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Dismantling the Defense of Finger Pointing

by Alex Nelson MinnesotaConstruction Case Law & Statutes

April 30, 2014

In a construction defect lawsuit brought by a homeowner or HOA, it is a common defense of the real estate developer, general contractor, and subcontractors involved in the claim to each blame the other defendants in the case for the construction deficiencies that exist. “He did it.” Ultimately, if the case proceeds to trial, the fact finder (usually a jury) is asked to apportion fault amongst the parties—that is, to allocate the damages amongst the various parties.

 

For example, a jury might decide that:

The developer is 20% at fault for the construction defects;

The general contractor is 60% at fault;

Subcontractor #1 bears 10% of the fault; and

Subcontractor #2 is 10% at fault for the construction problems

 

In some states outside of Minnesota, this kind of fault allocation can frustrate a homeowner’s collection efforts. Many times the portion of damages that the jury has allocated to an insolvent, bankrupt, no longer existent, or uninsured defendant is ultimately not collectable. Luckily for Minnesota homeowners and homeowner associations though, a powerful statute protects property owners in these circumstances, allowing a judge to make certain defendants jointly responsible for damages that were not originally allocated to them, AND permits a judge to reallocate any portions of the damages that turn out to have been apportioned to an insolvent or uninsured defendant.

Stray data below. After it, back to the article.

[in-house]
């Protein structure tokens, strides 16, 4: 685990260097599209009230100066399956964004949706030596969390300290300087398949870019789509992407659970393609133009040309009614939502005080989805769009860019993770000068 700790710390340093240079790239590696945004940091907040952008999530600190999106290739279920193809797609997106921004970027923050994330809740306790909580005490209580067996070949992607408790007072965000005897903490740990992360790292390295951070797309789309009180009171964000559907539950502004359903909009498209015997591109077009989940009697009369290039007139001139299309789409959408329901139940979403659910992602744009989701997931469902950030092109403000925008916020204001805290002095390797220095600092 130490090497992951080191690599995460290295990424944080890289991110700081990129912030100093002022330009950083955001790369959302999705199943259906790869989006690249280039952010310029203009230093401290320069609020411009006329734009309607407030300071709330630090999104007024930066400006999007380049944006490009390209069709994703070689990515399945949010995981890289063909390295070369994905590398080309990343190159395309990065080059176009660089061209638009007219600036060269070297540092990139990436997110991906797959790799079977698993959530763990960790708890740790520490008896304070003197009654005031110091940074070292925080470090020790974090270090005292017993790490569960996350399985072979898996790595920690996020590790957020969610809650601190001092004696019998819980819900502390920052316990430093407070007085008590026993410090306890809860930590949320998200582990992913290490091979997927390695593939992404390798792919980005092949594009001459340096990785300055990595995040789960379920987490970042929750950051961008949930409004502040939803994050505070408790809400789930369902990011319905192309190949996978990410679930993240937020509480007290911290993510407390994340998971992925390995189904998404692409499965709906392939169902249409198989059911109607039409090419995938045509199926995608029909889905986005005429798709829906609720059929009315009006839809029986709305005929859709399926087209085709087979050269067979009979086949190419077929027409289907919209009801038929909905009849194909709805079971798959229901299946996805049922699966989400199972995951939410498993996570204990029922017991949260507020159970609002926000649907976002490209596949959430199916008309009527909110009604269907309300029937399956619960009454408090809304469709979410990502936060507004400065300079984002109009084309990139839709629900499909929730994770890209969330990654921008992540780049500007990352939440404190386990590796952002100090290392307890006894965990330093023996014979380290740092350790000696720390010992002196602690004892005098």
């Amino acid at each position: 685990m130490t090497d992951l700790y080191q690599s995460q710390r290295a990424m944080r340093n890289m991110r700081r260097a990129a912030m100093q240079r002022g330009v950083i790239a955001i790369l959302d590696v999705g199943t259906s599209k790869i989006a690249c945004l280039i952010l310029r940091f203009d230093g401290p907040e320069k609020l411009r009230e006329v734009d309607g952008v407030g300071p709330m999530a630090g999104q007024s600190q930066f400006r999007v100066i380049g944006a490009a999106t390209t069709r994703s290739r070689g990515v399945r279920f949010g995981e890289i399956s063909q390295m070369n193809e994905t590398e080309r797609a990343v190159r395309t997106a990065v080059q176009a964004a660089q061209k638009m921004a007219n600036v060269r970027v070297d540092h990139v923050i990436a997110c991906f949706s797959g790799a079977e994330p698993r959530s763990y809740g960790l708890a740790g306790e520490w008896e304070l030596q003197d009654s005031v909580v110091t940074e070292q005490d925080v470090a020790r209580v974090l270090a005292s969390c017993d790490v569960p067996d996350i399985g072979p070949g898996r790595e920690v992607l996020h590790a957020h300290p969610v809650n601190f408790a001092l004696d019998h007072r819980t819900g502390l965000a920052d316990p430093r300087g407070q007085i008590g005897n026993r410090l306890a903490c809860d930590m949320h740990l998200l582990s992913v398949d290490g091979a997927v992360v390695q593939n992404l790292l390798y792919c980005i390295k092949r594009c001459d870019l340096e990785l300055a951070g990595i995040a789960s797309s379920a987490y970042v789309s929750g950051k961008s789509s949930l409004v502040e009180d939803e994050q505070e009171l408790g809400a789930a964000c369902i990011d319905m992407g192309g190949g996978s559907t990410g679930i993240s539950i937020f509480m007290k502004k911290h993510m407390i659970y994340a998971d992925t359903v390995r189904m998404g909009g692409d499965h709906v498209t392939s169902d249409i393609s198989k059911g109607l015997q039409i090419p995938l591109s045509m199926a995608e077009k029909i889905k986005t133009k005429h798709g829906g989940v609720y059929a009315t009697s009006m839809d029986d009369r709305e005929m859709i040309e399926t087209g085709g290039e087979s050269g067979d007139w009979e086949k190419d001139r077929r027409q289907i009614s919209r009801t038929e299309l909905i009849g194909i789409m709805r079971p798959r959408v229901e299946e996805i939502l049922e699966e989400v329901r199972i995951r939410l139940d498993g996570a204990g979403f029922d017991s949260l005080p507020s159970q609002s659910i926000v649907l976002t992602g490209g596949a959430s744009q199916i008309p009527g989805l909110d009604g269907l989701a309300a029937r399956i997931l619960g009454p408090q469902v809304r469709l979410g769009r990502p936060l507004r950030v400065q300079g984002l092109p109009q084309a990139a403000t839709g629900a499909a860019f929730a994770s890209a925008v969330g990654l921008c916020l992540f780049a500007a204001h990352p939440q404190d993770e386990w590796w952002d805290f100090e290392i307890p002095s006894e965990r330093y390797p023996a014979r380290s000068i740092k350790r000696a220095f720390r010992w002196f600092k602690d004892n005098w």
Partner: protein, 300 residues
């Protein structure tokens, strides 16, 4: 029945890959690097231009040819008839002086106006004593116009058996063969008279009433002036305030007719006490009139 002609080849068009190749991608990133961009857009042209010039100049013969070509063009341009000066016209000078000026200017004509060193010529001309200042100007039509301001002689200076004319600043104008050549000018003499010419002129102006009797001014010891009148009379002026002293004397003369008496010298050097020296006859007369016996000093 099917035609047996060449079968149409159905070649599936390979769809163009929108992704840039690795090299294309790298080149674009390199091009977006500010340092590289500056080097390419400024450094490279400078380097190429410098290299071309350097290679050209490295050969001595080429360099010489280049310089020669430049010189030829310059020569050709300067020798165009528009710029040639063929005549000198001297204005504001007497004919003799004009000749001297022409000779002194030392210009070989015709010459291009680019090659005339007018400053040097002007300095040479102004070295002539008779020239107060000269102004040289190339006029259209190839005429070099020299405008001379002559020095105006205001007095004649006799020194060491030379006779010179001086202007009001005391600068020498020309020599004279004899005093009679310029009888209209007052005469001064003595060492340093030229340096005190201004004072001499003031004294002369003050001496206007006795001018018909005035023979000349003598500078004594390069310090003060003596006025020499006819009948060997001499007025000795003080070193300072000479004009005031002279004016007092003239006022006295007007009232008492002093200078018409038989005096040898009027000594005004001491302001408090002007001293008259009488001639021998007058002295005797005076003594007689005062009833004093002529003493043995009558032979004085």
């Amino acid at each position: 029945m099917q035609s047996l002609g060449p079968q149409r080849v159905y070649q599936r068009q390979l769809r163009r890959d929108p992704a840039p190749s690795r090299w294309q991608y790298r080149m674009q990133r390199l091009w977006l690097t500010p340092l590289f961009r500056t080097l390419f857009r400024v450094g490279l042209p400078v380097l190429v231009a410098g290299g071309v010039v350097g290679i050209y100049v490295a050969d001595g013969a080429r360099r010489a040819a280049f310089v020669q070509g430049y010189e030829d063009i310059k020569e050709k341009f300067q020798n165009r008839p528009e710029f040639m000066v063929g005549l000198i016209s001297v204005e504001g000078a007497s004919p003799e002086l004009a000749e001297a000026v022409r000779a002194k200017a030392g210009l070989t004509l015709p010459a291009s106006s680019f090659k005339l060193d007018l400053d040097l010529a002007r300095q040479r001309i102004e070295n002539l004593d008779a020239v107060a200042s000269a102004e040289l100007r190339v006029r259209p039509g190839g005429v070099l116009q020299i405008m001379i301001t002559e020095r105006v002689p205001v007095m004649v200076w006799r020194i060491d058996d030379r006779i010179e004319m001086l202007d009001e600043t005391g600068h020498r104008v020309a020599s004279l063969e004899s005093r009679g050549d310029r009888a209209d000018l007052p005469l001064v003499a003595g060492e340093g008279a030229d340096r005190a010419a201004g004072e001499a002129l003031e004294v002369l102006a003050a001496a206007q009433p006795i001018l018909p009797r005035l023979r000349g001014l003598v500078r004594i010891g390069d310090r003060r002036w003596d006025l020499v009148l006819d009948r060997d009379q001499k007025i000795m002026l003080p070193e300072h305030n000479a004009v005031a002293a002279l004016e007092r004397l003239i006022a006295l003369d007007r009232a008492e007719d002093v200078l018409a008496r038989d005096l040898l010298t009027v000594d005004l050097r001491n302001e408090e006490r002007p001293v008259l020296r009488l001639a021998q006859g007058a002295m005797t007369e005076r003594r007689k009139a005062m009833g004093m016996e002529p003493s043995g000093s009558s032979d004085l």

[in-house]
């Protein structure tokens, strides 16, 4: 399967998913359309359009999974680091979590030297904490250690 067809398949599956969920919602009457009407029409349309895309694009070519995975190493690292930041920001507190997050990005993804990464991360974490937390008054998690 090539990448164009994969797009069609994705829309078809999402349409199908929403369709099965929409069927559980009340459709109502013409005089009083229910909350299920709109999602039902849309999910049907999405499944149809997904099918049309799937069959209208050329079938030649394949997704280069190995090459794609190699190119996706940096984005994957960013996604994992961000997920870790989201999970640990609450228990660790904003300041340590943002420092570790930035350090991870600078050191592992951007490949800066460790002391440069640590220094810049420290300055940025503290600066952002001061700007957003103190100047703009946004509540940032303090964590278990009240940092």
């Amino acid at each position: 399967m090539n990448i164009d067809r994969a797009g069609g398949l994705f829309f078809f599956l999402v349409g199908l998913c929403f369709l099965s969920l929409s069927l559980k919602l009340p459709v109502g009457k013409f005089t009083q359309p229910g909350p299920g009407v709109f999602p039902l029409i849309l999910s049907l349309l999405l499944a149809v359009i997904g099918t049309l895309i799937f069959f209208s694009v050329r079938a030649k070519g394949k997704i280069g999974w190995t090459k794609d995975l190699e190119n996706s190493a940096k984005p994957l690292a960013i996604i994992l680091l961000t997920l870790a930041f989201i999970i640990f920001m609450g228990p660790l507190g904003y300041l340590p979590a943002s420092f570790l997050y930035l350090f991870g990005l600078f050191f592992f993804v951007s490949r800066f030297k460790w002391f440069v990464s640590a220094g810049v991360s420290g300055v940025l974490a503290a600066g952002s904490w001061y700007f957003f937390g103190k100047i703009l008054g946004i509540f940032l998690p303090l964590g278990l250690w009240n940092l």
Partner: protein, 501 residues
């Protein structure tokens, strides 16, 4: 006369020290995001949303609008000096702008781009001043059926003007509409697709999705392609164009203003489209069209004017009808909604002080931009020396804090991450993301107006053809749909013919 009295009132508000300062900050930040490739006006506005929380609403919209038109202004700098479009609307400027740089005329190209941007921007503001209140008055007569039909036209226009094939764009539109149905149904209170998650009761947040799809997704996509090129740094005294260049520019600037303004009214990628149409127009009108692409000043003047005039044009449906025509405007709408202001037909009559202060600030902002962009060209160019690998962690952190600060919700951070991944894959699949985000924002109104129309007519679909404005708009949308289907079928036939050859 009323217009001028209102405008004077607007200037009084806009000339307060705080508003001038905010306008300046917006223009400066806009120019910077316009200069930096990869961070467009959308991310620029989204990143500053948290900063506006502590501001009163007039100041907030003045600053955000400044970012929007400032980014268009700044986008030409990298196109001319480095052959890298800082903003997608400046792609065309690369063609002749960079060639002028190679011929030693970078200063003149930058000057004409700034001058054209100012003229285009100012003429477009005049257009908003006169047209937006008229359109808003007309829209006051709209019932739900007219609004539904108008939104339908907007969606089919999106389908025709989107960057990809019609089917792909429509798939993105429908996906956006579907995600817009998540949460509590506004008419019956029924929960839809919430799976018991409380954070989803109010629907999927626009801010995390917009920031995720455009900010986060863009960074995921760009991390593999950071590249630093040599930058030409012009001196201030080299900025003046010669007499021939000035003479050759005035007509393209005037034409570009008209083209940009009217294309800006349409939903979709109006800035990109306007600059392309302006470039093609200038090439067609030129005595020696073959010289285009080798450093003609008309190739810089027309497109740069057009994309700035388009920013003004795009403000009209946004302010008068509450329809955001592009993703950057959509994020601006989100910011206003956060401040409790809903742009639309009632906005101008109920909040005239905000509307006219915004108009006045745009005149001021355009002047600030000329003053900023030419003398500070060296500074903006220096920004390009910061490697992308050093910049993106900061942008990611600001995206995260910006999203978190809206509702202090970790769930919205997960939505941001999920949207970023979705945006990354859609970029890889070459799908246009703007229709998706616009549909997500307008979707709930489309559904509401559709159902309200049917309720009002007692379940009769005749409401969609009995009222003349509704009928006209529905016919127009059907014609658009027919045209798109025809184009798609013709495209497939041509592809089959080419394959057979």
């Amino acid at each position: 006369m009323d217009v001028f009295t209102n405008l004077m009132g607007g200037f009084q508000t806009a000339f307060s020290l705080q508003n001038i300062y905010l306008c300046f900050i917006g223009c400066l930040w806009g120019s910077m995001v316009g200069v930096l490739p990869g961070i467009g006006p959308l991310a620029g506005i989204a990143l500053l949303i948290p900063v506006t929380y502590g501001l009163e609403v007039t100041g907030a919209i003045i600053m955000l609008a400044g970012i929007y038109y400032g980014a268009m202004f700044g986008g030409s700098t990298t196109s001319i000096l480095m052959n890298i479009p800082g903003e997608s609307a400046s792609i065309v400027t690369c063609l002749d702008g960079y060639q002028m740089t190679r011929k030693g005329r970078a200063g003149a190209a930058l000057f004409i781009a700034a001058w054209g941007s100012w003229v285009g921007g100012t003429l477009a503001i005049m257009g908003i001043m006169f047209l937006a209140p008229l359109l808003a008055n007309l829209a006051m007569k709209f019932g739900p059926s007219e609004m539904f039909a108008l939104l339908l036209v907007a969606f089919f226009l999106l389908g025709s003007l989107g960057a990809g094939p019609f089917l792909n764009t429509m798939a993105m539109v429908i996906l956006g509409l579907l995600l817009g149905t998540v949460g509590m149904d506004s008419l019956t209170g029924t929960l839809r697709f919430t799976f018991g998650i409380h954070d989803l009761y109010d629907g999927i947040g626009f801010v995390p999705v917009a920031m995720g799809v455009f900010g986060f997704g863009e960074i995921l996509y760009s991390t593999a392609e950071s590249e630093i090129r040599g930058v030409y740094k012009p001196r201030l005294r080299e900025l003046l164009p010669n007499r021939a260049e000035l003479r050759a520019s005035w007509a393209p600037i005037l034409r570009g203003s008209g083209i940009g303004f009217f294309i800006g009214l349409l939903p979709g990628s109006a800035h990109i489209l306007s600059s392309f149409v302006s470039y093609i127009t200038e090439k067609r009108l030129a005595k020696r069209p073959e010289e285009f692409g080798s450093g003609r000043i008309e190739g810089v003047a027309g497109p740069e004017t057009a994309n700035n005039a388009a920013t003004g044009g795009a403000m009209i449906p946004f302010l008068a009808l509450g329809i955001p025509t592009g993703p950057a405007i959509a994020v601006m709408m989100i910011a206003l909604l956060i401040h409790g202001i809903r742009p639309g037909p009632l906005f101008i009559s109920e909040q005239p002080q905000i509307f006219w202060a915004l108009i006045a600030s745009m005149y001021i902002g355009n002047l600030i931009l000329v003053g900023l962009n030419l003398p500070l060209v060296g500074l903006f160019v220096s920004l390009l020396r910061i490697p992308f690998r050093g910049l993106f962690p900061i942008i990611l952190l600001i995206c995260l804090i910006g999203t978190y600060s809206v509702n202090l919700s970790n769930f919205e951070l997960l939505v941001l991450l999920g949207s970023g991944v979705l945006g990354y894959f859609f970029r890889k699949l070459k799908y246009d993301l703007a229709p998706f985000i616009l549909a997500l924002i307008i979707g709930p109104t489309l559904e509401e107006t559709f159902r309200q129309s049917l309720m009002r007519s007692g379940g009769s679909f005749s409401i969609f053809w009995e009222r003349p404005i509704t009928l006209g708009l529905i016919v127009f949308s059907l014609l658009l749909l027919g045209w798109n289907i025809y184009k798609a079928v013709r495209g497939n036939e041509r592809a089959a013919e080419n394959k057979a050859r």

Minnesota statute permits that:

“…the following persons are jointly and severally liable for the whole award:

(1) a person whose fault is greater than 50 percent;

(2) two or more persons who act in a common scheme or plan that results in injury;”

Minn. Stat. 604.02(1).

 

Also, “the court shall determine whether all or part of a party’s equitable share of the obligation is uncollectible from that party and shall reallocate any uncollectible amount amount the other parties . . .”

Minn. Stat. 604.02(2).

 

So under the hypothetical example above, the general contractor that was found by the jury to be 60% at fault (more than 50% at fault), can be held liable for 100% of the plaintiff’s damages. Also, a strong argument can be made that the developer, general contractor, and all of the subcontractors acted jointly, in a “common scheme or plan” to build the home(s), and are all jointly liable for all of the plaintiff’s damages. Finally, even after exhausting those two mechanisms for imposing joint liability for the construction defect damages, a plaintiff property owner can then go back to the court one more time if some or all of the allocated award is demonstrated to be uncollectable because of the insolvency of the defendant, lack of insurance proceeds, or for some other reason.

 

The multiple opportunities provided by Minn. Stat. 604.02 for imposing joint liability on the various defendants in a construction defect case are powerful tools for property owners. The threat of joint liability often allows homeowners, HOAs, and other claimants to get around, and render moot, much of the finger pointing amongst defendants that often occurs in a construction defect case.